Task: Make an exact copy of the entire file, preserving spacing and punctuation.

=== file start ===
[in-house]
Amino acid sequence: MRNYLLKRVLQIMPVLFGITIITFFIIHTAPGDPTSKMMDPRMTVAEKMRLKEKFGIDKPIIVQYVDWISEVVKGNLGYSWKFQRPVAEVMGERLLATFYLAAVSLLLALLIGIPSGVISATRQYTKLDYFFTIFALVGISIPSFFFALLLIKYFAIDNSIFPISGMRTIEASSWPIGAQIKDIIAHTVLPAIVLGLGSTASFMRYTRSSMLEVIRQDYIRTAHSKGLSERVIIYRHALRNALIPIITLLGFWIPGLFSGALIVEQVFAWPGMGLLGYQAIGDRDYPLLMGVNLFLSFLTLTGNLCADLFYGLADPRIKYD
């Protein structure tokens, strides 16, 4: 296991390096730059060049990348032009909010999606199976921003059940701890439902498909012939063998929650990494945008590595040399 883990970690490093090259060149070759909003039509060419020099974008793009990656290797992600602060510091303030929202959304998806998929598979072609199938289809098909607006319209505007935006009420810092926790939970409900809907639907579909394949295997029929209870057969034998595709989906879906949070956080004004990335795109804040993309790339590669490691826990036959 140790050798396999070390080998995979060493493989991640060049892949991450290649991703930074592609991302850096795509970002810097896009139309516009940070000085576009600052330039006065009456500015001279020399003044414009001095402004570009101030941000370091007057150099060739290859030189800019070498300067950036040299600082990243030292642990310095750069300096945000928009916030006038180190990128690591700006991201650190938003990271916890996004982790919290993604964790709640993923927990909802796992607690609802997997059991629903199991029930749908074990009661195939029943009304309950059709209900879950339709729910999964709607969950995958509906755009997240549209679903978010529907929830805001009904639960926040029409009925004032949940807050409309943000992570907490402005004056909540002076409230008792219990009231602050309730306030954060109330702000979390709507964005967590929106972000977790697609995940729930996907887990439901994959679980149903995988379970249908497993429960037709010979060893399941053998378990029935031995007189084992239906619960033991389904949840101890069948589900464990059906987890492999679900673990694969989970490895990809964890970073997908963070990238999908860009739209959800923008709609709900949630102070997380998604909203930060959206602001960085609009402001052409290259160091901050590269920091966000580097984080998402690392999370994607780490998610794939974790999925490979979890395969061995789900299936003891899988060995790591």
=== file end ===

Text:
[in-house]
Amino acid sequence: MRNYLLKRVLQIMPVLFGITIITFFIIHTAPGDPTSKMMDPRMTVAEKMRLKEKFGIDKPIIVQYVDWISEVVKGNLGYSWKFQRPVAEVMGERLLATFYLAAVSLLLALLIGIPSGVISATRQYTKLDYFFTIFALVGISIPSFFFALLLIKYFAIDNSIFPISGMRTIEASSWPIGAQIKDIIAHTVLPAIVLGLGSTASFMRYTRSSMLEVIRQDYIRTAHSKGLSERVIIYRHALRNALIPIITLLGFWIPGLFSGALIVEQVFAWPGMGLLGYQAIGDRDYPLLMGVNLFLSFLTLTGNLCADLFYGLADPRIKYD
């Protein structure tokens, strides 16, 4: 296991390096730059060049990348032009909010999606199976921003059940701890439902498909012939063998929650990494945008590595040399 883990970690490093090259060149070759909003039509060419020099974008793009990656290797992600602060510091303030929202959304998806998929598979072609199938289809098909607006319209505007935006009420810092926790939970409900809907639907579909394949295997029929209870057969034998595709989906879906949070956080004004990335795109804040993309790339590669490691826990036959 140790050798396999070390080998995979060493493989991640060049892949991450290649991703930074592609991302850096795509970002810097896009139309516009940070000085576009600052330039006065009456500015001279020399003044414009001095402004570009101030941000370091007057150099060739290859030189800019070498300067950036040299600082990243030292642990310095750069300096945000928009916030006038180190990128690591700006991201650190938003990271916890996004982790919290993604964790709640993923927990909802796992607690609802997997059991629903199991029930749908074990009661195939029943009304309950059709209900879950339709729910999964709607969950995958509906755009997240549209679903978010529907929830805001009904639960926040029409009925004032949940807050409309943000992570907490402005004056909540002076409230008792219990009231602050309730306030954060109330702000979390709507964005967590929106972000977790697609995940729930996907887990439901994959679980149903995988379970249908497993429960037709010979060893399941053998378990029935031995007189084992239906619960033991389904949840101890069948589900464990059906987890492999679900673990694969989970490895990809964890970073997908963070990238999908860009739209959800923008709609709900949630102070997380998604909203930060959206602001960085609009402001052409290259160091901050590269920091966000580097984080998402690392999370994607780490998610794939974790999925490979979890395969061995789900299936003891899988060995790591």